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Sustainable Living and Greener Homes for a New Century :: ENERGY :: Mike Hopping's Energy Reports ::
Feb. 13, 2009 - Progress Hits Peak Electric Demand
FEBRUARY 13, 2009
Part of Michael Hoppings' Electrifying Developments 2 series that examines the electric utilities and power consumption in Western North Carolina
In January, 2008, Progress Energy customers in Western North Carolina set a new record for peak electric demand: a one-hour average of 984 MW. Such numbers weren’t expected until 2011. This winter, on the morning of January 16, 2009, WNC blew that mark away.
According to the revised estimate of Progress system planner Sam Waters, we burned through 1050 MW on Jan. 16, 2009, far surpassing the company’s peak demand forecast for 2015.
The news set a grim and occasionally contentious tone for the February 13, 2009, meeting of Progress Energy’s Community Energy Advisory Council (CEAC). Waters described how company dispatchers managed the demand spike using existing local resources, a soon-to-expire contract from American Electric Power (AEP) for power imported from coal-fired plants located in Indiana, a power transfer from the Progress eastern region and a spot purchase of 100 MW from Duke. Progress still had about 200 MW of juice available in reserve, Waters said, but had one of the coal-fired units at Lake Julian gone down, the system would have been close to maxing out.
Waters did not take the opportunity to announce plans for a peaking power plant in Buncombe County. Instead, he spoke about a new pact with Duke Energy. Beginning in 2010, Progress may increase the amount of electricity shifted to WNC from eastern generating sites via Duke transmission lines from 136 MW to 300 MW. Waters cautioned that Duke will be allowed to interrupt Progress power transfers for up to 1200 hours/year during the first four years of the new contract. If such an interruption occurs during a WNC demand spike, the company could find itself scrambling.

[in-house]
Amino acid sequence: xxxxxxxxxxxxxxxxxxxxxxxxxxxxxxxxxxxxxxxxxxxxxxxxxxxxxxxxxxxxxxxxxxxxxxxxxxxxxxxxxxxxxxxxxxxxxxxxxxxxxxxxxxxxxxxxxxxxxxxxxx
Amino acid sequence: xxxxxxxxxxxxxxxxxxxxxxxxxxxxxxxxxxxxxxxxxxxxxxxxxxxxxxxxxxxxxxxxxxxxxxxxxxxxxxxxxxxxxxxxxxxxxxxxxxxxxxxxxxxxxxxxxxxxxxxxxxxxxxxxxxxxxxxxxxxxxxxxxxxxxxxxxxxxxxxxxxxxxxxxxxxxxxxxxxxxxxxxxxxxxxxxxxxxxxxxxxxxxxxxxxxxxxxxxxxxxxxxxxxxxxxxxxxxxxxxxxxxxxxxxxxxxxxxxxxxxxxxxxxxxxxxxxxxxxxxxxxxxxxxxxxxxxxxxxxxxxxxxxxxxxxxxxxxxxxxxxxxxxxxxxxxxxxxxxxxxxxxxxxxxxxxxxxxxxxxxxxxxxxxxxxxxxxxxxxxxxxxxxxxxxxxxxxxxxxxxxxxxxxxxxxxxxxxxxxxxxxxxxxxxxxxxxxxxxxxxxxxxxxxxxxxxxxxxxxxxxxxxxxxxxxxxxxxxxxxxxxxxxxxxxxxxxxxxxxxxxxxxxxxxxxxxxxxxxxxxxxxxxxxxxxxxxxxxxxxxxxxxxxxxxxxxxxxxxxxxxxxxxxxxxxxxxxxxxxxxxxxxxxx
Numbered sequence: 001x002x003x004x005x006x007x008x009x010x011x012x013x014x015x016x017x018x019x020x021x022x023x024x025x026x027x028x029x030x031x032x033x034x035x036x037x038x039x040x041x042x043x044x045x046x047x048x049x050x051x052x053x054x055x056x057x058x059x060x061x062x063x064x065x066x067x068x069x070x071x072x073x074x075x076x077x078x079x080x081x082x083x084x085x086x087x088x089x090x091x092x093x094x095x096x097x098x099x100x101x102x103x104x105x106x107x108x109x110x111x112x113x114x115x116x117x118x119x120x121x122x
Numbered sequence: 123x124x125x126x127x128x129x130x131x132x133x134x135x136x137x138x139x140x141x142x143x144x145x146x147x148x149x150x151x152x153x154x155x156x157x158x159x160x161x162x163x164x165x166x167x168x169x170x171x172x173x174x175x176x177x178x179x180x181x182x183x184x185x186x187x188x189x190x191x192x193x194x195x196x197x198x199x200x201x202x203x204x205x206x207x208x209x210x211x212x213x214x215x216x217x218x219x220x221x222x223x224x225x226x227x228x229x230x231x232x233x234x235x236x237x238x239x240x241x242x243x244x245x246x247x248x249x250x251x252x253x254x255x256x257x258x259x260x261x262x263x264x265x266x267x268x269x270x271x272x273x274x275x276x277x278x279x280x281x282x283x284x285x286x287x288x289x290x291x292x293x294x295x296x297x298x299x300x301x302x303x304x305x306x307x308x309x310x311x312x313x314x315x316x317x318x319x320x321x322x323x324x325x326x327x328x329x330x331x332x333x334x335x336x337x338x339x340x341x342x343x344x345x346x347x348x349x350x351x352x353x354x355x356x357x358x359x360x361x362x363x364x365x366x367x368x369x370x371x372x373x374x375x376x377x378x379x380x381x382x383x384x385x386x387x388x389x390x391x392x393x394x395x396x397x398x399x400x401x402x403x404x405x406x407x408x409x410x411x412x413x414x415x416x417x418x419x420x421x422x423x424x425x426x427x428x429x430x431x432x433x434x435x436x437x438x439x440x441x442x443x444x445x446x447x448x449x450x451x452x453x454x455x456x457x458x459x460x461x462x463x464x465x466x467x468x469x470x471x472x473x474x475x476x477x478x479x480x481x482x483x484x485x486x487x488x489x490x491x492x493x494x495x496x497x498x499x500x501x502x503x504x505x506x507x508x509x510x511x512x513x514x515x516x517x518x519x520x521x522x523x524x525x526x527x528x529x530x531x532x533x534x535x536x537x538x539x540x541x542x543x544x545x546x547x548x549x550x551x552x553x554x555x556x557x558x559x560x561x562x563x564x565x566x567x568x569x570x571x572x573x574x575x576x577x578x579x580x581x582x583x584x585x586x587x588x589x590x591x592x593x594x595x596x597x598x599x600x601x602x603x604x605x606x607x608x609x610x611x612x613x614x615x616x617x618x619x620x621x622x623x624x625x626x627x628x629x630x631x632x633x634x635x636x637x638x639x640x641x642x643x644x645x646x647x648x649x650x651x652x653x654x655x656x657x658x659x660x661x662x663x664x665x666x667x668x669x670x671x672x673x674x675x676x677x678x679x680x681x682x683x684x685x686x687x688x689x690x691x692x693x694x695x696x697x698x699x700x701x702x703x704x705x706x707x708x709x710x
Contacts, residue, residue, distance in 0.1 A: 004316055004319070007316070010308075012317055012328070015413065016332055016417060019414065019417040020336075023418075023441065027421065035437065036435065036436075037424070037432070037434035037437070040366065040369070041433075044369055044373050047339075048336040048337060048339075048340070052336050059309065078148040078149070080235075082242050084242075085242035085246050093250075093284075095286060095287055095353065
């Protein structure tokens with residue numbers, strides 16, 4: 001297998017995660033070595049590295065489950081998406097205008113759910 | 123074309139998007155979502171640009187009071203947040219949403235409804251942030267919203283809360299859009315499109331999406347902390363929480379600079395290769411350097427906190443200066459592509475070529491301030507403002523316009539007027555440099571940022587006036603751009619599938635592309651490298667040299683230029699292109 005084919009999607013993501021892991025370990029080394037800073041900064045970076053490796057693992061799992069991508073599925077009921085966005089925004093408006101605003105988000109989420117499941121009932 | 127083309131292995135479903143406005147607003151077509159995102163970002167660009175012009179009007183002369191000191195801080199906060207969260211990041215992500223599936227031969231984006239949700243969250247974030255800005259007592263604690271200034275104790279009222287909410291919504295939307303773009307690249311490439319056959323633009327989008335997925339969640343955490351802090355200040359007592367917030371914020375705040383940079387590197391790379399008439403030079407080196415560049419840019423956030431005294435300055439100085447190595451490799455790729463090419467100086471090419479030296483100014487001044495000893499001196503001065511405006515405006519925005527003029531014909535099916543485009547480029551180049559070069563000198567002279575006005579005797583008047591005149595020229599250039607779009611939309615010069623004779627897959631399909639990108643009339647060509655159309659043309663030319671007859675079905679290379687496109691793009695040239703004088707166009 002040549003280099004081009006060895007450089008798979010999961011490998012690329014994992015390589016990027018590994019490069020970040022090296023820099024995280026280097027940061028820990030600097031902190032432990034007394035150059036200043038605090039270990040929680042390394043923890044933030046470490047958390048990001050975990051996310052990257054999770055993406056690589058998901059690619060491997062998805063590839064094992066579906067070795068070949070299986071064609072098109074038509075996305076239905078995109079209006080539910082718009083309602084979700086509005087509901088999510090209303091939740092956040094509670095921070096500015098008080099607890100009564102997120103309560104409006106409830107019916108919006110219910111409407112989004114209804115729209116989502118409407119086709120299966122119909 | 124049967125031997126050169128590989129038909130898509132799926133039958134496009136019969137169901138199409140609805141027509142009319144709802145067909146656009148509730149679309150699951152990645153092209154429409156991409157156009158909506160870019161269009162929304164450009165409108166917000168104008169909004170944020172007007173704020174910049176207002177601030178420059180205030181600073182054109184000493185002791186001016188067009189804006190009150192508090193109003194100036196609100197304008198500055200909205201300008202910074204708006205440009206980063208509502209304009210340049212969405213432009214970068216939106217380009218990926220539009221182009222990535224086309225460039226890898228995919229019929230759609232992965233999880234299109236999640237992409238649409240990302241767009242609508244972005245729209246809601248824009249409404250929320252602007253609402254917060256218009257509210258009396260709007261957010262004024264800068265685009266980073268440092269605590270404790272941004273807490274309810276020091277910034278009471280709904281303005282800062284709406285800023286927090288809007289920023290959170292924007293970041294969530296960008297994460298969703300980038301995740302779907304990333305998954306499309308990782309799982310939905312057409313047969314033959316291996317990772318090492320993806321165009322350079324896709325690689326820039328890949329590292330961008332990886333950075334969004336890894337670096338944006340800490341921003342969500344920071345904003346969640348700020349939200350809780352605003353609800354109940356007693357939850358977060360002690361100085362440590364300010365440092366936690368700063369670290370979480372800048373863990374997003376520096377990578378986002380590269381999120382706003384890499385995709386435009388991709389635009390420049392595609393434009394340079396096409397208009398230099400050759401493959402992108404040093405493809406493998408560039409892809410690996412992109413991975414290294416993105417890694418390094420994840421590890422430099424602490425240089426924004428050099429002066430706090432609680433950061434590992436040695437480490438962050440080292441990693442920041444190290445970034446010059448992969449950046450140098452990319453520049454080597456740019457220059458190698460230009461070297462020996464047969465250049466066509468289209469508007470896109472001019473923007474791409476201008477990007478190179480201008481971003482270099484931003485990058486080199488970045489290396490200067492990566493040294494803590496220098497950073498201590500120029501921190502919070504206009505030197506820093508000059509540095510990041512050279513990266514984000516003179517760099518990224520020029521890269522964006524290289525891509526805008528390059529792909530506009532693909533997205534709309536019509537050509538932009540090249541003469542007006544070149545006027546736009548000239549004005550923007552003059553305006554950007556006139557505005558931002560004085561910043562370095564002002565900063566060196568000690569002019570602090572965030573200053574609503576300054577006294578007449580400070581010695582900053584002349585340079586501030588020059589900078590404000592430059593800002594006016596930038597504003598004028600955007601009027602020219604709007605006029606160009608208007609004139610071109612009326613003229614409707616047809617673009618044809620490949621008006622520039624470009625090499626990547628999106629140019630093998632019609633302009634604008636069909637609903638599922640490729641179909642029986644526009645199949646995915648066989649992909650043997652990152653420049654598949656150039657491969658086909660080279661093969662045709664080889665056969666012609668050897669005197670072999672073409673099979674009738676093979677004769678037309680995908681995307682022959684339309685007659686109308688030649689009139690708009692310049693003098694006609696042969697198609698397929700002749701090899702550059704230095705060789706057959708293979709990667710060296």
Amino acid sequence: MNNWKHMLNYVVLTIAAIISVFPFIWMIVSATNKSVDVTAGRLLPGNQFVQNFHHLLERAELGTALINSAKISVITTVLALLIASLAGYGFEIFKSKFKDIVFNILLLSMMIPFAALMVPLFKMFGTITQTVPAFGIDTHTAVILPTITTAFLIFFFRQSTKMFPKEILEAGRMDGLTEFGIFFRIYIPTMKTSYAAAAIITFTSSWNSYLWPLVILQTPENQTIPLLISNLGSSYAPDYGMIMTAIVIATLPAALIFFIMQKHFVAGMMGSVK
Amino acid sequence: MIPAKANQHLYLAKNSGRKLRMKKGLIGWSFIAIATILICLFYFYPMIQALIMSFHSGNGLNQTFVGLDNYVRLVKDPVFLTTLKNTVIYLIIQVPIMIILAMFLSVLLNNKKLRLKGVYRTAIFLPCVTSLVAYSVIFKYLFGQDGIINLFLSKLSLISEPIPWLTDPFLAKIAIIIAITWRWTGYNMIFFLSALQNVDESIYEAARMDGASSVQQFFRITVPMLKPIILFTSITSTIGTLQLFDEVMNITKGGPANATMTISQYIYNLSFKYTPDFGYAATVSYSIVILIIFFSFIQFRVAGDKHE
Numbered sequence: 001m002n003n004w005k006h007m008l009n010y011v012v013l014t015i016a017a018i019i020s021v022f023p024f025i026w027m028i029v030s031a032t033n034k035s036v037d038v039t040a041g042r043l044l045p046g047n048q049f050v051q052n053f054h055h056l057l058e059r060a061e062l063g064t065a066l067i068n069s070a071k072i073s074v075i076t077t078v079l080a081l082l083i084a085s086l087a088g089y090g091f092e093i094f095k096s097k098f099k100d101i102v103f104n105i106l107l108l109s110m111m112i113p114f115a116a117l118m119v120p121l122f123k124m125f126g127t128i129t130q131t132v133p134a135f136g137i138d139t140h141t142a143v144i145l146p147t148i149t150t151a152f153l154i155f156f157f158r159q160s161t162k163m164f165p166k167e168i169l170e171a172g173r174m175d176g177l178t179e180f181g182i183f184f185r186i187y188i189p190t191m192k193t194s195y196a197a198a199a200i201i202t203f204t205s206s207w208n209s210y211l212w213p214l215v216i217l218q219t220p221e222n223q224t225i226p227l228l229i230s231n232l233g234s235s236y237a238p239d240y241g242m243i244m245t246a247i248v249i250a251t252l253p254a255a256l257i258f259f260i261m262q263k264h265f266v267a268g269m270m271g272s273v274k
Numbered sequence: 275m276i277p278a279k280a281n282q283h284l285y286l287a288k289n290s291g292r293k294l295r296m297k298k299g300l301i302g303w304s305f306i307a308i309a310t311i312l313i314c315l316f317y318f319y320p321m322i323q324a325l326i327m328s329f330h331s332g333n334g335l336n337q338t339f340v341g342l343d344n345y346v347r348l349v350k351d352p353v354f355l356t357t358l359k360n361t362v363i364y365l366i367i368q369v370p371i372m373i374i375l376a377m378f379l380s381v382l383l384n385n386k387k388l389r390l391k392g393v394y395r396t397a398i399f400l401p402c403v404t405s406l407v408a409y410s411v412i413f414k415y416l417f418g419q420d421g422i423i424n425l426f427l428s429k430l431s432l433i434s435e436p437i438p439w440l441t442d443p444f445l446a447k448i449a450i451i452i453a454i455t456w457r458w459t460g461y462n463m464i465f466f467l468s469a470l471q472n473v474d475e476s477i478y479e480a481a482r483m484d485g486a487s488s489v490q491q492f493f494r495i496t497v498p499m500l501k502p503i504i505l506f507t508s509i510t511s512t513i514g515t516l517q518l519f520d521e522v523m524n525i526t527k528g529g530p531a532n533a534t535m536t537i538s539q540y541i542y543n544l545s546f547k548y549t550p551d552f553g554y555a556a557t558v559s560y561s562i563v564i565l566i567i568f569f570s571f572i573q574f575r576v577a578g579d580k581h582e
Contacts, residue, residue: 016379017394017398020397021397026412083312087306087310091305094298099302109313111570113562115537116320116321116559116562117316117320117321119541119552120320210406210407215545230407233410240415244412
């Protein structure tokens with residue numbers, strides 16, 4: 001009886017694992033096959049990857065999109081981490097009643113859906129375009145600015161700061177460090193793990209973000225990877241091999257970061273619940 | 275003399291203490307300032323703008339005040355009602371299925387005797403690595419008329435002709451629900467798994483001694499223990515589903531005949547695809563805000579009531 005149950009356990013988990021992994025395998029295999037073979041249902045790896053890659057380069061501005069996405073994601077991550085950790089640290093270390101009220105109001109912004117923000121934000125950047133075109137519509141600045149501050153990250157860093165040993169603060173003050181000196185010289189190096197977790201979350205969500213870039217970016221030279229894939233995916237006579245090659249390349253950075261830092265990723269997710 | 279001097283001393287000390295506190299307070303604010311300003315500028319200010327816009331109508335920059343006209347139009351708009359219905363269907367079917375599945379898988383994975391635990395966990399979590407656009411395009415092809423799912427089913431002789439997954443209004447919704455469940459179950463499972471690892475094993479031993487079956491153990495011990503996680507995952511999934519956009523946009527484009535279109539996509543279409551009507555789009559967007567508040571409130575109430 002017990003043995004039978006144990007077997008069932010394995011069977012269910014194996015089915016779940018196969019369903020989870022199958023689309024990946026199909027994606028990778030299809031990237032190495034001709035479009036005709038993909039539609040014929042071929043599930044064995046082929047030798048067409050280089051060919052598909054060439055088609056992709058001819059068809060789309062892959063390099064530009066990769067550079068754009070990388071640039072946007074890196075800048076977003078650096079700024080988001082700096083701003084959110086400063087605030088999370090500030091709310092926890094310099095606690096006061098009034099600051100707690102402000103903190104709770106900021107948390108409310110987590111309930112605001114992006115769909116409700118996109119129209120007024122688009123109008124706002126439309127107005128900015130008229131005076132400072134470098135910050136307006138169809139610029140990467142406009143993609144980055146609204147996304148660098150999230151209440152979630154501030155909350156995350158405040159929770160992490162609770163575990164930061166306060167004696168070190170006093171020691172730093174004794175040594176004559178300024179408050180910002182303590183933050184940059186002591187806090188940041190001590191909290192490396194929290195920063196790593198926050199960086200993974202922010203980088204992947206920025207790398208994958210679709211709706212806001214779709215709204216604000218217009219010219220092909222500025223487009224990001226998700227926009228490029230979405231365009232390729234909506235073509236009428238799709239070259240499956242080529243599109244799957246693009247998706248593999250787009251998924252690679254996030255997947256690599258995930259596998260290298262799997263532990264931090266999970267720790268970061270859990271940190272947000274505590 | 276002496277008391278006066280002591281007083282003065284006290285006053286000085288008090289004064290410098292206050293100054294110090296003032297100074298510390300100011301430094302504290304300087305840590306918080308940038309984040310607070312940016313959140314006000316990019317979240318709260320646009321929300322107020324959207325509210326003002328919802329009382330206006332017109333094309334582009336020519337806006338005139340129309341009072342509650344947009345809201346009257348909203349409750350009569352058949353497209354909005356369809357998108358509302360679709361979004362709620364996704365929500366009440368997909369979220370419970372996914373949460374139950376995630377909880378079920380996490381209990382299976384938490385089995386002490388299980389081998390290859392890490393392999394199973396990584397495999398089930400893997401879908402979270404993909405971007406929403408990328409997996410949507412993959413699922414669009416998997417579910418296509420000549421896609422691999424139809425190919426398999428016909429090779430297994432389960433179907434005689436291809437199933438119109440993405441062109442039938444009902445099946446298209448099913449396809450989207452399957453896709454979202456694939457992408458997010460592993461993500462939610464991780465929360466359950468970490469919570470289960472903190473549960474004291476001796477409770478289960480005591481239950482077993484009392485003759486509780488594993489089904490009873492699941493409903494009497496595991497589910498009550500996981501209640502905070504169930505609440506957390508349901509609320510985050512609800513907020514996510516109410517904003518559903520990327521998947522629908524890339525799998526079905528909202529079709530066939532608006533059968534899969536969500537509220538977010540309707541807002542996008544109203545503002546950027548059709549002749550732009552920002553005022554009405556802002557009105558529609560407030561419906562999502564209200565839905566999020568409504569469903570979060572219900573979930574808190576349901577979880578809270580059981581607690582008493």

Taken aback by the new peak demand record, council members weighed in with their own frustrations. Robin Cape, recalling that local opposition doomed the Woodfin peaking plant proposal, decried the apparent local comfort with importing coal-fired and nuclear power from elsewhere. Also, “Per capita electric consumption in the United States is very high,” she said. “[CEAC] isn’t really addressing that.” She laid part of the blame for that at the doors of utility companies. “We’re wedded to entrenched power sources. This isn’t just a customer problem. They don’t have much choice about how their power is generated.” She contrasted the current model for front-loading costs of solar energy to how people are charged for cell phones. “If you charged people the 20-year cost upfront for their cell phones, nobody’d have a cell phone.”
Michael Shore understood the inherent slowness of legislative and bureaucratic processes, but complained that the timeline for reform is disappointing. Vernon Daugherty groused that heating and cooling controls in schools are 30 years out of date. “You know that on the morning the schools were closed the buildings were heated like there were students there, while the people stayed home and turned on their TVs.”
Editor's Note: Excerpts of this article were used with permission by Michael Hopping.
Copyright 2009 Michael Hopping with use rights grants to Mediabear